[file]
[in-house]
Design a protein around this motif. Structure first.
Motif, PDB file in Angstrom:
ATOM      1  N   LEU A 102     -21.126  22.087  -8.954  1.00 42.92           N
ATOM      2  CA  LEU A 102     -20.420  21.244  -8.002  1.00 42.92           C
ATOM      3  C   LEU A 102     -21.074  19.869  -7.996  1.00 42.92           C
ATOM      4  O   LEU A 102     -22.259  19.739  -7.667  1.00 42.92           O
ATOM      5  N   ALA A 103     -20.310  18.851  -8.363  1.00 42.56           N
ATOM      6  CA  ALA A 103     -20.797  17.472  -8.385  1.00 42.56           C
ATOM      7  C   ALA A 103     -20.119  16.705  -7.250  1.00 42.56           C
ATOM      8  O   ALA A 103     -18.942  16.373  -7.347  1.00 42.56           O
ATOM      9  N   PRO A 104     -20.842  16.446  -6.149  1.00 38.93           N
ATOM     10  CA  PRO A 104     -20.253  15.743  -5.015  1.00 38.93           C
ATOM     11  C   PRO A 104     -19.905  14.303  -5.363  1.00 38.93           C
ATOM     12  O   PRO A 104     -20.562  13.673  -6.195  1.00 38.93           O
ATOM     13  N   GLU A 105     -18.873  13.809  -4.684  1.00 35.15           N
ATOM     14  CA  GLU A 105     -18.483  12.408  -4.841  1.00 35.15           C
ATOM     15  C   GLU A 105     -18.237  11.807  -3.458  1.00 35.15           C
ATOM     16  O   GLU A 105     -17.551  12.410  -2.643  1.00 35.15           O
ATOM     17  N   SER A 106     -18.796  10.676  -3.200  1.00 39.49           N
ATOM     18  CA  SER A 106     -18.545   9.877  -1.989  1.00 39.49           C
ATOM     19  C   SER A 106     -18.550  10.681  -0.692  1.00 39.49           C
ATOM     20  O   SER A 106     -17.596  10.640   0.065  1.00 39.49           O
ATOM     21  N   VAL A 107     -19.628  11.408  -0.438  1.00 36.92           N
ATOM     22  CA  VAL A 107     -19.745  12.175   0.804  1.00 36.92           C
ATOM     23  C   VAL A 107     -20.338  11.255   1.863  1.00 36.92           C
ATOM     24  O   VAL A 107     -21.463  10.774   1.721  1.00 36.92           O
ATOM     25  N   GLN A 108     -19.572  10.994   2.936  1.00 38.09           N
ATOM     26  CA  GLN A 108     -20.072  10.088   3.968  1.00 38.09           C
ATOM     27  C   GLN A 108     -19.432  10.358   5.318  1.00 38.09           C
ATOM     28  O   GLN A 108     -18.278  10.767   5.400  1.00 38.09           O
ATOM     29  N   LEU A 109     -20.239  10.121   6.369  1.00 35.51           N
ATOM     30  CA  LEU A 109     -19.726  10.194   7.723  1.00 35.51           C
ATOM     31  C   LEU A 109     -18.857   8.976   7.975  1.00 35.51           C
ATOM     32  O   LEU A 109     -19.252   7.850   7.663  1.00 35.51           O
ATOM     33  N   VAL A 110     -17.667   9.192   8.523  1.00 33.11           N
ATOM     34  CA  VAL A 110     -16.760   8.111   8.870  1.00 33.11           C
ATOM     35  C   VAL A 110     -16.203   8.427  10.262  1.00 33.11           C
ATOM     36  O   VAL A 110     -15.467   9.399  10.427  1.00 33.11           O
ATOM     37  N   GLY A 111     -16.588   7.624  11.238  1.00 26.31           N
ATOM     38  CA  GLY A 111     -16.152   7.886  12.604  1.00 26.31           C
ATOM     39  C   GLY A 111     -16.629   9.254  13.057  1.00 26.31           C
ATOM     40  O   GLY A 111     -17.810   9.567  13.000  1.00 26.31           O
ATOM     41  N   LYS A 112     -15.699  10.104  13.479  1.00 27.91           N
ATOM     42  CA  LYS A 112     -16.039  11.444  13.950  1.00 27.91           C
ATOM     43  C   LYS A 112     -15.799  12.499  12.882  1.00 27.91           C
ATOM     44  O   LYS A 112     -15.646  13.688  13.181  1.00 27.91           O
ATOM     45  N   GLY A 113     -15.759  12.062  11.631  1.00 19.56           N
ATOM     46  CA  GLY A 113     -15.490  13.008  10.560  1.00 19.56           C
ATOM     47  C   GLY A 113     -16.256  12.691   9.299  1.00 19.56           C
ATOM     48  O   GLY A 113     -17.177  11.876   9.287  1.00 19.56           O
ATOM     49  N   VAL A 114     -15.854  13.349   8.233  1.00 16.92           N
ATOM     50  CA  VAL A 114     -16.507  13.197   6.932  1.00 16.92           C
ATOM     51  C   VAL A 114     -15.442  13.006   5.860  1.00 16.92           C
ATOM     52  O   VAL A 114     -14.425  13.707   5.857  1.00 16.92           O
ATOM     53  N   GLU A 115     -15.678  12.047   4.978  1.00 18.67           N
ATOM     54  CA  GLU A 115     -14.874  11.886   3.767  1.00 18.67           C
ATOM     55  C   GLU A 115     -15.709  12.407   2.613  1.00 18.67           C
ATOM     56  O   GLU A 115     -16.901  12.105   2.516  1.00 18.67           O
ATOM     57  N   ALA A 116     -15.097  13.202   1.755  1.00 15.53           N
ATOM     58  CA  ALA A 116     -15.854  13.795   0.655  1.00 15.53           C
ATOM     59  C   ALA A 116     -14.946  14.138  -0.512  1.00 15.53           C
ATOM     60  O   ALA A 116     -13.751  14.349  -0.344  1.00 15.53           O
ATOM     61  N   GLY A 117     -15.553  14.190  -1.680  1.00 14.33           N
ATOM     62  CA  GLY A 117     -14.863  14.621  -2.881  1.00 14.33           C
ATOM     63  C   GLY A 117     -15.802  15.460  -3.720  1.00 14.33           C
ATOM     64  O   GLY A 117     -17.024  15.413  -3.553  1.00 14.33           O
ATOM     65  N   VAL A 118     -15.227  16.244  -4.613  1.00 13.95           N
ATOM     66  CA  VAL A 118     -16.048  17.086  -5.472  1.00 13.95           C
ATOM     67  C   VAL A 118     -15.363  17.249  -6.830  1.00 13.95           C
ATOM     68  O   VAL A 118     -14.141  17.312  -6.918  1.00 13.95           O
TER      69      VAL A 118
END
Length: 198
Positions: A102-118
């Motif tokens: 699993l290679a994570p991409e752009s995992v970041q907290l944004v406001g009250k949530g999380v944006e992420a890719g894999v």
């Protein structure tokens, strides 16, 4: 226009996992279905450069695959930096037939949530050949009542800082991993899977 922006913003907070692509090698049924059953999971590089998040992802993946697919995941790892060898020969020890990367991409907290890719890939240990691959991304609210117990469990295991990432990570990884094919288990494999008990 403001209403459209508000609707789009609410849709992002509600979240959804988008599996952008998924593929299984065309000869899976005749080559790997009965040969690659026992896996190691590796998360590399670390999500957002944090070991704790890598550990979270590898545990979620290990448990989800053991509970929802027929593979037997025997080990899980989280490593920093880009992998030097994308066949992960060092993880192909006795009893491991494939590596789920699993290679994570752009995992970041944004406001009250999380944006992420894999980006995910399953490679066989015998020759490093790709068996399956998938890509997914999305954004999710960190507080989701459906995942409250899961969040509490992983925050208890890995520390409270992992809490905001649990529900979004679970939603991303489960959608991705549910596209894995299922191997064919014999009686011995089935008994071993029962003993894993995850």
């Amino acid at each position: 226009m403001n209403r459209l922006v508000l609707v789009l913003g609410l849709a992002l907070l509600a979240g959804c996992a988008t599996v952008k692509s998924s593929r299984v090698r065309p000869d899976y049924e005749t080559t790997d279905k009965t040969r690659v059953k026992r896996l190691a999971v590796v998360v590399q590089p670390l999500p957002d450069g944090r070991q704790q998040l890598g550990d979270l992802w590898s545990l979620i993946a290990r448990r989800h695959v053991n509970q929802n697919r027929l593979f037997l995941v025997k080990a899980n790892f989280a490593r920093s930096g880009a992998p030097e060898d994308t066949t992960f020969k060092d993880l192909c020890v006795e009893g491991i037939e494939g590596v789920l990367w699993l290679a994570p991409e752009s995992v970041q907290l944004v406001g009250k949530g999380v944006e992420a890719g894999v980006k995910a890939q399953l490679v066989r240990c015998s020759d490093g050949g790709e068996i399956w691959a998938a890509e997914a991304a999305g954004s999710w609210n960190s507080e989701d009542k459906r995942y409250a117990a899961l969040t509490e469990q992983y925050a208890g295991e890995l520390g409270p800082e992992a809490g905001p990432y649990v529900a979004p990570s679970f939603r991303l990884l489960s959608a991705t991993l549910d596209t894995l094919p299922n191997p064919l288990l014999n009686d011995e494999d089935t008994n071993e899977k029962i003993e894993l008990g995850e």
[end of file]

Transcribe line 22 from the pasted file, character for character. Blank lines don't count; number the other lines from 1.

ATOM     19  C   SER A 106     -18.550  10.681  -0.692  1.00 39.49           C